So much of the conversation about immigration during this election season has not been based on facts or on the biblical value of philoxenia (love of the stranger, see Romans 12:13 or Hebrews 13:2). There has been much talk about immigrants—and not enough listening to immigrants themselves. The Blessing Not Burden campaign is part of changing that.
Our immigration coordinator, Kelsey Herbert, met with Sarahi recently to hear from her: what would you change about our immigration conversation in the USA? This post is the first of 4 this month—sign up here to make sure you don't miss a post!
1. Tell us a little about your family's immigration story.
My parents and I moved from Mexico to the United States back in 2000 when I was ten years old. My father owned a business in Mexico City, but for its last few years the business was on a decline. I was an only child at this point. The prospect of paying school tuition for me in the years to come became more and more unattainable for my family. In Mexico, elementary school is free but beyond that families must pay out of their own pocket. In our city, the cost of living was increasing faster than we could keep up with but my parents could not imagine me having to quit school at such a young age. After talking to family that we already had living in the United States, my parents were convinced that the best choice for our family was to move there and seek new opportunities for work and education. One day they began to sell everything we owned in our home and then we moved to Washington state where we’ve lived ever since.
2. What kinds of messages are you hearing right now about immigrants? What are you hearing from the church?
The town where I live is majority Hispanic so to be honest I do not directly hear a lot of negativity toward immigrants. People in our community are mostly supportive because so many of us would benefit from immigration reform, from immigrant working families to native-born employers. Our city also has a very strong immigrant history. However, from a distance I hear a very different conversation. I hear people in power perpetuating negative myths about immigrants. We are hearing messages like “they should not be here”, “they all just want welfare”, “they just come here to take, they are gang-members, and not hard workers”.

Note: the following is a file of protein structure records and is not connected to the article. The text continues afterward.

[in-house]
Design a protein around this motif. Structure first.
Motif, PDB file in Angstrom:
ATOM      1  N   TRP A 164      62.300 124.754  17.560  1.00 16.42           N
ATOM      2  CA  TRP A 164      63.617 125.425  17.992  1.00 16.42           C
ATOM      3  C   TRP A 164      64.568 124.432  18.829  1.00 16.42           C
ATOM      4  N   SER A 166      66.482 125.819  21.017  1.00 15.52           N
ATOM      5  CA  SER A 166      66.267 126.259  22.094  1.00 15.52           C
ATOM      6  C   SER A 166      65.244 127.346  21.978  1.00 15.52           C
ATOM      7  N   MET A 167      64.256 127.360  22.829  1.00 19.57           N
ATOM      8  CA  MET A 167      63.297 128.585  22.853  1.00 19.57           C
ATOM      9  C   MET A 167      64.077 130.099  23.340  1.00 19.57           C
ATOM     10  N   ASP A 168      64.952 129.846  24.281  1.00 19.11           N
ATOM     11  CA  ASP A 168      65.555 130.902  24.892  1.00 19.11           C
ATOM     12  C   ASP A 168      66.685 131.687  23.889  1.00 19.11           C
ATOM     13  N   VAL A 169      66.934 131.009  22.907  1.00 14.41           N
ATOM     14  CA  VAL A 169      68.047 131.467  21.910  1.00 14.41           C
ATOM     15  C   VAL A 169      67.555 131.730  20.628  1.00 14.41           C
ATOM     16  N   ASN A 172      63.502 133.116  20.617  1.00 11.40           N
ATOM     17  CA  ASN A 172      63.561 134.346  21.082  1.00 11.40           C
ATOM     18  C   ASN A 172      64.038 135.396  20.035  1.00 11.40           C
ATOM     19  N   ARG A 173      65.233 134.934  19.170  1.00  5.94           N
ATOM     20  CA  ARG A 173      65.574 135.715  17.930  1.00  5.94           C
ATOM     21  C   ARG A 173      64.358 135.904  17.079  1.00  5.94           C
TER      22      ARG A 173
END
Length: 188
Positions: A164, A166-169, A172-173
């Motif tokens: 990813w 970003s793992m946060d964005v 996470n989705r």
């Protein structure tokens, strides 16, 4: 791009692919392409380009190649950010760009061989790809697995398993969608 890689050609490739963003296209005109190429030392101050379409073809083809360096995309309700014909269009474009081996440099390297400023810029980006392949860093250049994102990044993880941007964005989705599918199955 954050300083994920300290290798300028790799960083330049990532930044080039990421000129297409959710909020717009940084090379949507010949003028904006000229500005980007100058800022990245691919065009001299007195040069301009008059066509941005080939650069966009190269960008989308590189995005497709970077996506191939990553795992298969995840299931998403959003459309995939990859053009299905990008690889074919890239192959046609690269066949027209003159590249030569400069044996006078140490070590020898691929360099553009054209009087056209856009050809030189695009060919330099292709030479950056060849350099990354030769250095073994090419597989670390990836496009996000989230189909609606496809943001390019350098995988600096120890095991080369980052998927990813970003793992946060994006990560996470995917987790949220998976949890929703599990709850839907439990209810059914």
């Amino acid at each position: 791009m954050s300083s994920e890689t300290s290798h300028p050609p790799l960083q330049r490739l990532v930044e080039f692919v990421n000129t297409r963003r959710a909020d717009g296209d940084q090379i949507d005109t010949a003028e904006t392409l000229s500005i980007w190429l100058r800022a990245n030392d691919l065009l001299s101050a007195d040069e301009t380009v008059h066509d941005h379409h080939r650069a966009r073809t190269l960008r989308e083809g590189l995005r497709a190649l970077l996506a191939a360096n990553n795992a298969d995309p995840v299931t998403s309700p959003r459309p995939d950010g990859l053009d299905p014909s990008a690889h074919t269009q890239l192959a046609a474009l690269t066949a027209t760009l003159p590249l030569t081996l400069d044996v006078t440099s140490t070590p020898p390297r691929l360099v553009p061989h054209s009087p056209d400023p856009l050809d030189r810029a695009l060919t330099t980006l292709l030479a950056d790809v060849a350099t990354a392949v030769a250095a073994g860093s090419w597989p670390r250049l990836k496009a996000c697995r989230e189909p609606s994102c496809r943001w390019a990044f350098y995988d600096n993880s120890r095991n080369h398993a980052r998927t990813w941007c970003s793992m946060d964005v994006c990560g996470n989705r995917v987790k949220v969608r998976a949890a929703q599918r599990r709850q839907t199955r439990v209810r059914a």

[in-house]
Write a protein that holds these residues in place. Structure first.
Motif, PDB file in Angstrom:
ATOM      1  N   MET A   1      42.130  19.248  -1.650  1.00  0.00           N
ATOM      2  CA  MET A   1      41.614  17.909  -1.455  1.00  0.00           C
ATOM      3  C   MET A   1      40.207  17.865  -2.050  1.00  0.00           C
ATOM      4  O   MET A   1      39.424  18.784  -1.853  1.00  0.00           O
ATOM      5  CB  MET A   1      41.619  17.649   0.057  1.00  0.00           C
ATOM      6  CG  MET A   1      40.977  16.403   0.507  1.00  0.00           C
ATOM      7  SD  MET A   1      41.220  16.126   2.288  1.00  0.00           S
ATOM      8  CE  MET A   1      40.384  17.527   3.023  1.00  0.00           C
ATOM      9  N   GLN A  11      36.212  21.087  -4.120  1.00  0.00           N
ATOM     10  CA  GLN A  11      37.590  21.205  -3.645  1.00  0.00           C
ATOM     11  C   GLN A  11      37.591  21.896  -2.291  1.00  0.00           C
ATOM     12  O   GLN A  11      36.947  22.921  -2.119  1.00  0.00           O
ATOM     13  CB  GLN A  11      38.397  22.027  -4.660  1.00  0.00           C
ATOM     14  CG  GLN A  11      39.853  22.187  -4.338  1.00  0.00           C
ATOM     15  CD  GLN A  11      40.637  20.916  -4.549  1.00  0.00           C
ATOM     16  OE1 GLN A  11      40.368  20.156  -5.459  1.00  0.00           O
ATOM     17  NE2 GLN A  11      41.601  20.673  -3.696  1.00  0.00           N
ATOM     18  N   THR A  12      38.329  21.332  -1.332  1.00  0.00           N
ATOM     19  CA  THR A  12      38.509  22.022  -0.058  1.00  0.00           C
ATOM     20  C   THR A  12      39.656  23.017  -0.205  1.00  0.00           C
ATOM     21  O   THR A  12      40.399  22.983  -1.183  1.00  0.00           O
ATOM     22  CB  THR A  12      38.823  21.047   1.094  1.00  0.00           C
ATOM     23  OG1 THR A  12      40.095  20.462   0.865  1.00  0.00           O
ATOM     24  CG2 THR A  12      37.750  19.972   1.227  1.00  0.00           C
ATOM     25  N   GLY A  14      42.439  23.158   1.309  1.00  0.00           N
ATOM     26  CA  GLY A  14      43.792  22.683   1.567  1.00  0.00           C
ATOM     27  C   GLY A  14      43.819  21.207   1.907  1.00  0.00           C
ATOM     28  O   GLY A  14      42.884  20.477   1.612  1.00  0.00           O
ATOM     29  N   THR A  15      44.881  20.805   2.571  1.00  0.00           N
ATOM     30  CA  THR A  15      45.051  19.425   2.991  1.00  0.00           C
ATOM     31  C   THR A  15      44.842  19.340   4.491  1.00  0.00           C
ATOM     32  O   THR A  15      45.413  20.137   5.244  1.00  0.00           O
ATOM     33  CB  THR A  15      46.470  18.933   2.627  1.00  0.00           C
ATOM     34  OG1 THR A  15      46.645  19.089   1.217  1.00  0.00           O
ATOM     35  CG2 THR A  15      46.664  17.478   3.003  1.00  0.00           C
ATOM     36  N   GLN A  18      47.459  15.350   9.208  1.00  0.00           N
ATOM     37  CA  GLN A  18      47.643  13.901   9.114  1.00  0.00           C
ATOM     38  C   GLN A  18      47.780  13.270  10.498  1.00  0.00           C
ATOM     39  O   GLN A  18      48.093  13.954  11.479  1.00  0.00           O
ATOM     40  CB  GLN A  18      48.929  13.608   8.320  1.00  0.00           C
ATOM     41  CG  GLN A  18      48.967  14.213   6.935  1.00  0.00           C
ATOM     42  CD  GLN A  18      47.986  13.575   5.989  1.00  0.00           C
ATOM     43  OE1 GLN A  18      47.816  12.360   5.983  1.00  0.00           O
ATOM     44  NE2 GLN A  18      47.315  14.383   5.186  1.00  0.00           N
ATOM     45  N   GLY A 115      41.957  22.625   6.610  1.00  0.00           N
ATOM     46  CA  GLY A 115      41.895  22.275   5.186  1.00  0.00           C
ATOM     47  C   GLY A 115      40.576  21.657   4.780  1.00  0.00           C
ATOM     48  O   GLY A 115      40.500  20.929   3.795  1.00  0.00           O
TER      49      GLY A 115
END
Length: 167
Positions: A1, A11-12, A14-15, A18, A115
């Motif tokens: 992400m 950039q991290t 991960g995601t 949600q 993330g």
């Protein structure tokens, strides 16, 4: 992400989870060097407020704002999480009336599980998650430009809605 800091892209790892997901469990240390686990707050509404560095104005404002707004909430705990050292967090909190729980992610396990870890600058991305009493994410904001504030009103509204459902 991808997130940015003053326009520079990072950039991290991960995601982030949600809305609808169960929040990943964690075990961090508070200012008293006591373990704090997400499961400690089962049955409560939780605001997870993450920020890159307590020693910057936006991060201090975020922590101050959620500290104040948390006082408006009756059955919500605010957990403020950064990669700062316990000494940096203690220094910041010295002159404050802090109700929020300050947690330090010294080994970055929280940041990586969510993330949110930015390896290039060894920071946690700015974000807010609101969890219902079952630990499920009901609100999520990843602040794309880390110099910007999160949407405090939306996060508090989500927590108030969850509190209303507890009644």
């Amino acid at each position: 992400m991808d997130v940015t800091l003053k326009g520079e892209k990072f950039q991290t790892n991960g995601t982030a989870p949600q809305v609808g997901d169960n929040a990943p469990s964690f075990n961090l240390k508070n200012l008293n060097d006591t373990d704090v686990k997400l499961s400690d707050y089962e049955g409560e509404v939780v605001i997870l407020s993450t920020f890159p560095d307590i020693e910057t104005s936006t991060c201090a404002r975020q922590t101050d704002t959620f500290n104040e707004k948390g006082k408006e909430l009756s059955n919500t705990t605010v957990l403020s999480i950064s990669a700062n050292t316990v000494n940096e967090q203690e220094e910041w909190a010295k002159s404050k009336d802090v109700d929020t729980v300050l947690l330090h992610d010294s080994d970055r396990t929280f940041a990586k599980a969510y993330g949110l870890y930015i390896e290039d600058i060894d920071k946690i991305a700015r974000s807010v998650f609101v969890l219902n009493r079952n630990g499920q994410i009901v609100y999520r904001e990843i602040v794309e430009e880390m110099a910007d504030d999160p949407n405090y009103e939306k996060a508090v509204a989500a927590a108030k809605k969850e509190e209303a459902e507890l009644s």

The church mostly avoids the conversation about immigration. It is seen as too controversial and divisive. Even business owners within the church struggle to engage this topic in a meaningful way in the context of the church. They see immigrants as hard workers and integral to the community, but do not go into depth about the issue locally or nationally. I honestly do not see the church doing much, in general. It’s a topic that gets so heated that it can be easier to avoid. But it's a challenge because the Bible is full of stories of immigration and guidance on how to treat immigrants. I just personally do not see the church going that deep.
3. How does the immigration conversation need to change?
We must recognize that unless you are indigenous to this land, we are all immigrants first and foremost. We each have a unique background and we must create a common memory around this history. We are an extremely diverse country. We have never been and will never be country of just one race. I recognize that this issue is complex and there are things that must be worked on, but we are stereotyping too much and it’s dividing us. Too often people hear that you are Mexican and they think you are nothing. The community feels this. I do not think we empower ourselves enough and recognize that we are special. We have a beautiful culture, and we bring so much to this country. We must learn who we are, then share our culture with others, and receive their culture. If we do this, we will be able to work together. We are different, we come from different places, but we are here now and we should be asking how we be create a stronger community because of our diversity, not in spite of our differences. Our diversity is our strength. And for Christians, we should be clear about what the Bible says about immigration and let that inform our attitudes and beliefs. Jesus himself was a migrant—that itself is a place to start a conversation.
And for Christians, we should be clear about what the Bible says about immigration and let that inform our attitudes and beliefs. Jesus himself was a migrant—that itself is a place to start a conversation.
4. What would be different if people understood what you just said?
If people viewed diversity as a strength and our biggest asset, rather than fearing it, I think the immigration conversation would be very different. So much of that fear comes from feeling as though American values are being threatened. But diversity is an American value—this value is strengthening and that is something that should be celebrated, rather than feared.
Check back next Friday to hear from Berniz Constanza Terpstra. Don't forget to sign up to receive these posts in your inbox!